So I downloaded the Adventureworks 2012 SQL database to browse hoping to find something interesting and just nearly fell asleep looking at example data when I came across something new or that I at least never noticed before...a field with a data type of "xml(CONTENT Person.AdditionalContactInfoSchemaCollection)" and when viewing the example data I see things like:

<AdditionalContactInfo xmlns="http://schemas.microsoft.com/sqlserver/2004/07/adventure-works/ContactInfo" xmlns:crm="http://schemas.microsoft.com/sqlserver/2004/07/adventure-works/ContactRecord" xmlns:act="http://schemas.microsoft.com/sqlserver/2004/07/adventure-works/ContactTypes">
  <act:telephoneNumber>
    <act:number>425-555-1112</act:number>
    <act:SpecialInstructions>Call only after 5:00 p.m.</act:SpecialInstructions>
  </act:telephoneNumber>Note that the customer has a secondary home address.<act:homePostalAddress><act:Street>123 Oak</act:Street><act:City>Seattle</act:City><act:StateProvince>WA</act:StateProvince><act:PostalCode>98001</act:PostalCode><act:CountryRegion>USA</act:CountryRegion><act:SpecialInstructions>If correspondence to the primary address fails, try this one.</act:SpecialInstructions></act:homePostalAddress>Customer provided additional email address.<act:eMail><act:eMailAddress>customer1@sample.com</act:eMailAddress><act:SpecialInstructions>For urgent issues, do not send e-mail. Instead use this emergency contact phone<act:telephoneNumber><act:number>425-555-1111</act:number></act:telephoneNumber>.</act:SpecialInstructions></act:eMail><crm:ContactRecord date="2001-06-02Z">This customer is interested in purchasing high-end bicycles for his family. The customer contacted Michael in sales.</crm:ContactRecord></AdditionalContactInfo>

And it got me thinking...is Microsoft advocating using xml tags in database fields instead of setting up 1-n relationships?

The example above could be split into a 1-n relationship on all of the xml tags, phone numbers, special instructions, address information, and other non-specific comments.

I hear the nay-sayers and xml lovers and abusers now saying that splitting such information up among many different tables creates a tangled web of relationships and dependancies which can be a nightmare to follow; and I will concede to that to a point, but coming from a database with probably over 50 relationships already, why opt for a custom data type that:

  1. bloats the field size to accomodate xml markup,
  2. requires additional parsing by the application receiving the data,
  3. clogs network wires with extra data that when the application is finished parsing may not even be necessary,
  4. makes the data nearly impossible (unless I am mistaken) to filter in select statements and,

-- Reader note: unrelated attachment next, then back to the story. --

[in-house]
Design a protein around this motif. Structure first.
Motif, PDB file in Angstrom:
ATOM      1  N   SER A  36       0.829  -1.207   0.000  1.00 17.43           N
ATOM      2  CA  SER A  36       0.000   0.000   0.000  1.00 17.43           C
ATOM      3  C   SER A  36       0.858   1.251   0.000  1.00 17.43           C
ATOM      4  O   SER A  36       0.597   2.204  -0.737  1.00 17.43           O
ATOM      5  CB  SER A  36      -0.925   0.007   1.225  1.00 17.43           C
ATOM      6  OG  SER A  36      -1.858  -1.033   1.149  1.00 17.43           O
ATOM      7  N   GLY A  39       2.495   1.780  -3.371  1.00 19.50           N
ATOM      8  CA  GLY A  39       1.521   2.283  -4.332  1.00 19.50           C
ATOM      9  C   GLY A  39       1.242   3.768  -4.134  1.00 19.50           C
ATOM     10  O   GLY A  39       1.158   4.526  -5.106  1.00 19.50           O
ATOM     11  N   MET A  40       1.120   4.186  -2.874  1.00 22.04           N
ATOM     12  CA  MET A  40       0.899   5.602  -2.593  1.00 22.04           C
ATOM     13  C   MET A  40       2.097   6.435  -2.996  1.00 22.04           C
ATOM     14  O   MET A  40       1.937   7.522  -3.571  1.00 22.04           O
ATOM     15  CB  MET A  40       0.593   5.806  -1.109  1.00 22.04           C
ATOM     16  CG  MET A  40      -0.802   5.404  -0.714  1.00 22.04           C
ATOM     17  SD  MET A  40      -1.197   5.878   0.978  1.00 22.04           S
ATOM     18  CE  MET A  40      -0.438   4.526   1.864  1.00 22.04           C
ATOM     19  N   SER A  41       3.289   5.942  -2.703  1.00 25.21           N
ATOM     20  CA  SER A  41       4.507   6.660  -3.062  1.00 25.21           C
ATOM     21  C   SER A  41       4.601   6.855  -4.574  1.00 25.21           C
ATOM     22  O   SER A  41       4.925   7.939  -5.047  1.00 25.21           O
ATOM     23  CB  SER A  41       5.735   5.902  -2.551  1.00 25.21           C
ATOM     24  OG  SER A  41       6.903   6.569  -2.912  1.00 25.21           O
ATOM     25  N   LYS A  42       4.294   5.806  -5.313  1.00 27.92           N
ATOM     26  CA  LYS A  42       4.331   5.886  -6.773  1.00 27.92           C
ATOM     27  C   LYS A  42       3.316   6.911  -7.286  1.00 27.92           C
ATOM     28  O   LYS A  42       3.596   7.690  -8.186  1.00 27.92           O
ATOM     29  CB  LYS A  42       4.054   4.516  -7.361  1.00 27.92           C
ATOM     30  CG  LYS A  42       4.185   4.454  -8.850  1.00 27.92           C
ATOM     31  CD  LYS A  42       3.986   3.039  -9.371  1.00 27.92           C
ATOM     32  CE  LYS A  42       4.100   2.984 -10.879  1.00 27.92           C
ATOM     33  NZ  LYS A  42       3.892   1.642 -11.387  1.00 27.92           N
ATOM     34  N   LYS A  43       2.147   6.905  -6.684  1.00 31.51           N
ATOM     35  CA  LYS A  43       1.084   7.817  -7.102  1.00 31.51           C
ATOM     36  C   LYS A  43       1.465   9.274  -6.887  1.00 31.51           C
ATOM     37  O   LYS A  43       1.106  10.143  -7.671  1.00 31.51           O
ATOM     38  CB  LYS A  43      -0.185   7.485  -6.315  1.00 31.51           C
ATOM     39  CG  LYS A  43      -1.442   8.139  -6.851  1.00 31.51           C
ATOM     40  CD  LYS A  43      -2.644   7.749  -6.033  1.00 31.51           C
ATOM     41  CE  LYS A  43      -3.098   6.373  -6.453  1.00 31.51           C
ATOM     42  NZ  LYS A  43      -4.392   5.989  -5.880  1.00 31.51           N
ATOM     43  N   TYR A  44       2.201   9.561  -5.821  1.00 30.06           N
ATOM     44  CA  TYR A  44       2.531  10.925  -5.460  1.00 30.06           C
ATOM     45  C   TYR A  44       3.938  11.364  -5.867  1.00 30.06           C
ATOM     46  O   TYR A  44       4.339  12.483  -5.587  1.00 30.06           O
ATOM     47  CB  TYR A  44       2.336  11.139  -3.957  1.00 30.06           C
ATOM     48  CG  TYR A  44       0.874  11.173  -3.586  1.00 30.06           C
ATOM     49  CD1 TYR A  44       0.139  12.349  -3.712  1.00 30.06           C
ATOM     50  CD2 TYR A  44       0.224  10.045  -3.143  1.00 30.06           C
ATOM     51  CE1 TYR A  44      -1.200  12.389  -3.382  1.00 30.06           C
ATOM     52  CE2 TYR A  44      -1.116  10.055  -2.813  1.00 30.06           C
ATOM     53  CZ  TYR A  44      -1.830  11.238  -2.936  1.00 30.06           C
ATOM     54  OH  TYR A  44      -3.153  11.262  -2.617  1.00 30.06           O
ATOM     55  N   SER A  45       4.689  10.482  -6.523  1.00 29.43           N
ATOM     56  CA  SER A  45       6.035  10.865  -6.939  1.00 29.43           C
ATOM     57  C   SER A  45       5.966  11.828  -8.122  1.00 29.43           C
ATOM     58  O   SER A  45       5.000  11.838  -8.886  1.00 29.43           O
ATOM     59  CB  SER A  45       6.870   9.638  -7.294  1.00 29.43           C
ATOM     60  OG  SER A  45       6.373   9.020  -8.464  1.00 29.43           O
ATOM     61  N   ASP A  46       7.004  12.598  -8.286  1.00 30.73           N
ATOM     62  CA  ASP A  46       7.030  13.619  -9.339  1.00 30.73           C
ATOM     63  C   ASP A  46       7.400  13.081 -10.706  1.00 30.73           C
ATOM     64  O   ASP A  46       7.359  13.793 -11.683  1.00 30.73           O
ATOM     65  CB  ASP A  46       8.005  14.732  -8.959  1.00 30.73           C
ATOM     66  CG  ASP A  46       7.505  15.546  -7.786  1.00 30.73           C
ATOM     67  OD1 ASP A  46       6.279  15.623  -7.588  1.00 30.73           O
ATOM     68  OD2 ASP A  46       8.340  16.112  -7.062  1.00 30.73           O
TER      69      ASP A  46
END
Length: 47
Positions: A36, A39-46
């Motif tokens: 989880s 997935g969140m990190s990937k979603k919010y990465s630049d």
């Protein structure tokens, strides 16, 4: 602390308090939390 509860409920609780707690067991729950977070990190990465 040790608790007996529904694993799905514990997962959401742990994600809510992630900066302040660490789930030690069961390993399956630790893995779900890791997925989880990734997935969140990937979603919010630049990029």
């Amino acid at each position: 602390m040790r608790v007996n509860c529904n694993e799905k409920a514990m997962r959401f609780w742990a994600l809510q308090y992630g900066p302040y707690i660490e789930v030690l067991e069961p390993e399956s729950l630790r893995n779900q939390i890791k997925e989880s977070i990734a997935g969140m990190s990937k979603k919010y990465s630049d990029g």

5. requires the dba and future dbas to understand the data type that was defined.

Am I missing something here or is this clearly a terrible use of xml markup (as if there even is a good use for xml markup...)? I would think tables named TelephoneNumbers, SpecialInstructions, and Addresses with a 1-n relationship to the Person table would be MUCH easier to understand and follow than an obscure, poorly named (AdditionalContactInfo) field is.

Does anyone know why a dba would do something like this?

I'm really curious to see if anyone would do this in reality and if so, why?

Edited 4 Years Ago by zachattack05: Grammar

According to Microsoft:

Following are some of the reasons to use native XML features in SQL Server instead of managing your XML data in the file system:

You want to share, query, and modify your XML data in an efficient and transacted way. Fine-grained data access is important to your application. For example, you may want to extract some of the sections within an XML document, or you may want to insert a new section without replacing your whole document.

You have relational data and XML data and you want interoperability between both relational and XML data within your application.

You need language support for query and data modification for cross-domain applications.

You want the server to guarantee that the data is well formed and also optionally validate your data according to XML schemas.

You want indexing of XML data for efficient query processing and good scalability, and the use of a first-rate query optimizer.

You want SOAP, ADO.NET, and OLE DB access to XML data.

You want to use administrative functionality of the database server for managing your XML data. For example, this would be backup, recovery, and replication.

If none of these conditions is satisfied, it may be better to store your data as a non-XML, large object type, such as [n]varchar(max) or varbinary(max).

Interesting.

But I'm still not convinced, maybe it's because I am on the side of "XML is the child of evil programmers and data engineers bent on world domination and must be destroyed."

I just find it rather amusing that anyone would have non-relational (XML) data in a relational (SQL) database...obviously in this example the data in the XML field IS related to the specific row, and not only that, since some XML tags appear more than once, is a perfect candidate for relational data and 1-n tables...am I wrong in thinking that?

You are not wrong in thinking that. The only advantage I see with the XML is that you can change it rapidly without requiring new database tables, procedures, etc. and it won't break old (properly written) code that will just ignore the new XML.

I suppose so. It still irks me to see xml in a SQL table...in my head, it just doesn't belong! But since I don't use xml, I guess it's harder for me to see through that.

Thanks for trying to explain that...while it still makes no sense to me, I guess I'm willing to accept that it does to someone else. :)

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